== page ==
Finally, Jim 'N' Nick's is always a go-to for some excellent smoked sausages.

And with that, I can't wait until Big Apple BBQ Block Party 2012!

Sunday, May 8, 2011

Springtime at Union Square Greenmarket

Ramps, asparagus, and fresh flowers.  What more can you ask for? And spring only gets better from here on out.

Thursday, April 28, 2011

Mako with Fennel and Cherry Tomato Sauce

In just a few month, I will be a broke student, so I have started to be a bit more thrifty when it comes to my food purchases.  The other day, I went to the fishmonger looking for a firm, meaty fish that I could serve with a sauce I intended to make with some fennel and cherry tomatoes I had on hand.  Swordfish seemed like the obvious choice, but when I saw mako, which the fishmonger's sign described as "similar to swordfish," for half the price, the budget-conscious half of my brain told me to give the shark a try.  While I'm not completely sold on mako—the texture of the meat is not quite as firm as that of swordfish nor is it as flavorful—the bright tomato and fennel sauce more than made up for it and made me thankful that I still had a few extra dollars in my pocket.

Mako with Fennel and Cherry Tomato Sauce
Serves 2

  • 1/4 cup plus 2 tbsp olive oil
  • 1 small yellow onion, diced
  • 1/2 fennel bulb, cored and diced
  • 1/2 tsp fennel seeds, toasted
  • 2 tbsp red wine vinegar
  • 1/2 pint cherry tomatoes, stemmed
  • 2 6 oz. mako or swordfish fillets
  • salt and pepper
  1. Preheat the oven to 375F.
  2. Heat the olive oil in a medium saucepan over moderate heat. 
  3. Add the onion, fennel, and fennel seeds to the saucepan and season with salt.  Cook until the onion and fennel soften, about 5 minutes. 
  4. Pour the vinegar into the saucepan and bring it to a boil.  Let the vinegar evaporate completely, about 1 minute. 
  5. Reduce the heat to medium-low and add the tomatoes to the saucepan.  Cook, stirring frequently, until the tomatoes burst, 3 to 5 minutes.  Taste the sauce for seasoning and keep warm over low heat while you cook the fish.
  6. Season the fish with salt and pepper.
  7. Heat 2 tbsp of olive oil in a medium skillet over medium-high heat.  Add the fish and cook until they are golden on one side, 1 to 2 minutes.  Flip and cook until golden on the other side, 1 to 2 minutes.
  8. Put the skillet in the oven and cook until the fish is just cooked through, about 4 minutes.  Do not overcook the fish.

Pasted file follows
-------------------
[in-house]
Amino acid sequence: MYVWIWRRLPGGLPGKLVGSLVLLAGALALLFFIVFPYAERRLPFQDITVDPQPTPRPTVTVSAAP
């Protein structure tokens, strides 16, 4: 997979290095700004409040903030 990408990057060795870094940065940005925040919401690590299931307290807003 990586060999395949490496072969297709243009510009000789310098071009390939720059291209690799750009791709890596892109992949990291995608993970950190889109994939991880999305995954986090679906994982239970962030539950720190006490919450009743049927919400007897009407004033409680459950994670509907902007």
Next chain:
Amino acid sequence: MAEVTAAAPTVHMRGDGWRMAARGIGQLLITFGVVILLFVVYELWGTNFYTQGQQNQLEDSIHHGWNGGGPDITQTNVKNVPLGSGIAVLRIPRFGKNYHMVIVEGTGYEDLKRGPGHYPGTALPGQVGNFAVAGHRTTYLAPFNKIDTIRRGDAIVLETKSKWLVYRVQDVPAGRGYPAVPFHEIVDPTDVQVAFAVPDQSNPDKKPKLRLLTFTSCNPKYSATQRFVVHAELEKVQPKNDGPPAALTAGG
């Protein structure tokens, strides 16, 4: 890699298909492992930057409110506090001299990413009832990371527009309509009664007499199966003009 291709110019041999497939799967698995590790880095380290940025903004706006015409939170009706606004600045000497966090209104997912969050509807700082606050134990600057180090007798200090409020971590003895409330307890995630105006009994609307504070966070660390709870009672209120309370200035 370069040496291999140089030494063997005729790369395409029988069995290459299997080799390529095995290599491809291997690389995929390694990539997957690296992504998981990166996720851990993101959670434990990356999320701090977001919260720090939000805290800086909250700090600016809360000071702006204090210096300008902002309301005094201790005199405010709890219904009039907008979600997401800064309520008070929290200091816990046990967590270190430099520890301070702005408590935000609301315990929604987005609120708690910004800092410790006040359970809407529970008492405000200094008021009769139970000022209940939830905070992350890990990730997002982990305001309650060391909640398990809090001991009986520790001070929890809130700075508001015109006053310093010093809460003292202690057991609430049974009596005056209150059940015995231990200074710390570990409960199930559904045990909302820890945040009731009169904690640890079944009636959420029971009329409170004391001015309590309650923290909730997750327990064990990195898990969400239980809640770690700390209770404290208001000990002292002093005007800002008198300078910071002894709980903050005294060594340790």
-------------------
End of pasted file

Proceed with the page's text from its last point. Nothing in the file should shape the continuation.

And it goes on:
9. Serve the fish immediately, topped with a generous amount of the fennel and tomato sauce.

Monday, April 25, 2011

Bucatini with Pancetta, Fava Beans, and Tomato Sauce

Bucatini is my favorite dried pasta.  Nice and thick—about twice as thick as spaghetti—,it has a wonderful texture that allows a sauce coat each tube perfectly. Although bucatini can be difficult to track down, I was fortunate enough to spot some at Eataly.  The traditional method of serving the pasta i is all'Amatriciana, and I decided to go a similar route with the tomato sauce and pancetta, but it being the beginning of spring after a long, harsh winter, I couldn't resist tossing in some blanched fava beans for good measure.  The beans added wonderful texture and color to the buttery tomato sauce and al dente pasta.

Bucatini with Pancetta, Fava Beans, and Tomato Sauce
Serves 4

  • 2 lbs fava beans, shelled
  • 2 tbsp olive oil
  • 1/4 lb pancetta, diced 
  • 2 cloves garlic, minced
  • 1 cup simple tomato sauce (I used Marcella Hazan's)
  • 1/4 tsp red pepper flakes
  • 1 lb bucatini
  • grated Pecorino Romano cheese, for serving
  1. Bring a large pot of salted water to a boil.  Add the fava beans and let cook for 1 to 2 minutes.  Remove the fava beans with a slotted spoon and put them in a bowl of ice water.  Once cool, peel off the skins of the beans and set aside.  Keep the water at a boil.
  2. Add the bucatini to the boiling water and cook for one minute less than the package suggests. 
  3. While the bucatini boils, heat the olive oil in a saute pan over medium heat.  Add the pancetta and cook until it begins to crisp, about 3 minutes.  Add the garlic and red pepper flakes and let it cook until it is fragrant, about one minute.  Add the tomato sauce to the pan and bring to a simmer.  Stir in the fava beans and taste for seasoning. 
  4. Drain the pasta and stir it into the simmering sauce.  Let the pasta and sauce cook for another minute, stirring to ensure that the pasta strands are coated by the sauce.
  5. Serve the pasta in bowls, topped with grated Pecorino Romano cheese.